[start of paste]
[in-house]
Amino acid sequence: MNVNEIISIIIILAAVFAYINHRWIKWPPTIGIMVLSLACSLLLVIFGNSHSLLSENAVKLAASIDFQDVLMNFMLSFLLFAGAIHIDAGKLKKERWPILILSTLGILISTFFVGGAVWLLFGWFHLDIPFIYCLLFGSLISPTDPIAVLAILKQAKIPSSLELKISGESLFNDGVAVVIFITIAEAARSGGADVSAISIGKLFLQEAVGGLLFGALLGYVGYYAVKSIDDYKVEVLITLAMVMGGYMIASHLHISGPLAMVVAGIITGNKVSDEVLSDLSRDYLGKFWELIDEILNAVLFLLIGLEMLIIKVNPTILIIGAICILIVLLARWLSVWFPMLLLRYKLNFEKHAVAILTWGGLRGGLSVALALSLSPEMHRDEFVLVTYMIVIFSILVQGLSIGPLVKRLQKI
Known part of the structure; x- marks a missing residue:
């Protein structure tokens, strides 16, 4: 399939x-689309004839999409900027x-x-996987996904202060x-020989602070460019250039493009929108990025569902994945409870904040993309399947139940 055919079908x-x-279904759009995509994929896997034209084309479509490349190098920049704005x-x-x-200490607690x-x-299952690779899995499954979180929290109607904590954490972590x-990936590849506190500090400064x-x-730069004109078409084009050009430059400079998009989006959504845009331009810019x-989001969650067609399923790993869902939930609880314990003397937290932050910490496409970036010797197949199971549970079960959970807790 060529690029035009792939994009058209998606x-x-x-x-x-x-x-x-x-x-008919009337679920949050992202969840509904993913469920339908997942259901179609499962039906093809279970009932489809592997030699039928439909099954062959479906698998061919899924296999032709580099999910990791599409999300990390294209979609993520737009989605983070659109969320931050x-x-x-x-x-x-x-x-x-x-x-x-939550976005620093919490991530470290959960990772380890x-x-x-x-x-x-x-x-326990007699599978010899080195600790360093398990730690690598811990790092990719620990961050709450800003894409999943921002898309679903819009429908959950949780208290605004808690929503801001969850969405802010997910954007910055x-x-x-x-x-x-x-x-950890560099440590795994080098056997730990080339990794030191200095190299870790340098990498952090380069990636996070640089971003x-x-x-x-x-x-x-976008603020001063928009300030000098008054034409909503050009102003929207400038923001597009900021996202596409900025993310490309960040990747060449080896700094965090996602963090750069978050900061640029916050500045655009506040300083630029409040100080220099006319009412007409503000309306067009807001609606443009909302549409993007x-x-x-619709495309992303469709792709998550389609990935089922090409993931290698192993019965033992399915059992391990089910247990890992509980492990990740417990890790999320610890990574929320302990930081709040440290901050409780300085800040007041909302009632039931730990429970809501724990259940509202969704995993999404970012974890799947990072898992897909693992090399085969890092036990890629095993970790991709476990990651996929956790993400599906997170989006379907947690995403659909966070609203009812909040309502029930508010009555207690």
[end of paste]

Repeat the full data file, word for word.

[in-house]
Amino acid sequence: MNVNEIISIIIILAAVFAYINHRWIKWPPTIGIMVLSLACSLLLVIFGNSHSLLSENAVKLAASIDFQDVLMNFMLSFLLFAGAIHIDAGKLKKERWPILILSTLGILISTFFVGGAVWLLFGWFHLDIPFIYCLLFGSLISPTDPIAVLAILKQAKIPSSLELKISGESLFNDGVAVVIFITIAEAARSGGADVSAISIGKLFLQEAVGGLLFGALLGYVGYYAVKSIDDYKVEVLITLAMVMGGYMIASHLHISGPLAMVVAGIITGNKVSDEVLSDLSRDYLGKFWELIDEILNAVLFLLIGLEMLIIKVNPTILIIGAICILIVLLARWLSVWFPMLLLRYKLNFEKHAVAILTWGGLRGGLSVALALSLSPEMHRDEFVLVTYMIVIFSILVQGLSIGPLVKRLQKI
Known part of the structure; x- marks a missing residue:
């Protein structure tokens, strides 16, 4: 399939x-689309004839999409900027x-x-996987996904202060x-020989602070460019250039493009929108990025569902994945409870904040993309399947139940 055919079908x-x-279904759009995509994929896997034209084309479509490349190098920049704005x-x-x-200490607690x-x-299952690779899995499954979180929290109607904590954490972590x-990936590849506190500090400064x-x-730069004109078409084009050009430059400079998009989006959504845009331009810019x-989001969650067609399923790993869902939930609880314990003397937290932050910490496409970036010797197949199971549970079960959970807790 060529690029035009792939994009058209998606x-x-x-x-x-x-x-x-x-x-008919009337679920949050992202969840509904993913469920339908997942259901179609499962039906093809279970009932489809592997030699039928439909099954062959479906698998061919899924296999032709580099999910990791599409999300990390294209979609993520737009989605983070659109969320931050x-x-x-x-x-x-x-x-x-x-x-x-939550976005620093919490991530470290959960990772380890x-x-x-x-x-x-x-x-326990007699599978010899080195600790360093398990730690690598811990790092990719620990961050709450800003894409999943921002898309679903819009429908959950949780208290605004808690929503801001969850969405802010997910954007910055x-x-x-x-x-x-x-x-950890560099440590795994080098056997730990080339990794030191200095190299870790340098990498952090380069990636996070640089971003x-x-x-x-x-x-x-976008603020001063928009300030000098008054034409909503050009102003929207400038923001597009900021996202596409900025993310490309960040990747060449080896700094965090996602963090750069978050900061640029916050500045655009506040300083630029409040100080220099006319009412007409503000309306067009807001609606443009909302549409993007x-x-x-619709495309992303469709792709998550389609990935089922090409993931290698192993019965033992399915059992391990089910247990890992509980492990990740417990890790999320610890990574929320302990930081709040440290901050409780300085800040007041909302009632039931730990429970809501724990259940509202969704995993999404970012974890799947990072898992897909693992090399085969890092036990890629095993970790991709476990990651996929956790993400599906997170989006379907947690995403659909966070609203009812909040309502029930508010009555207690």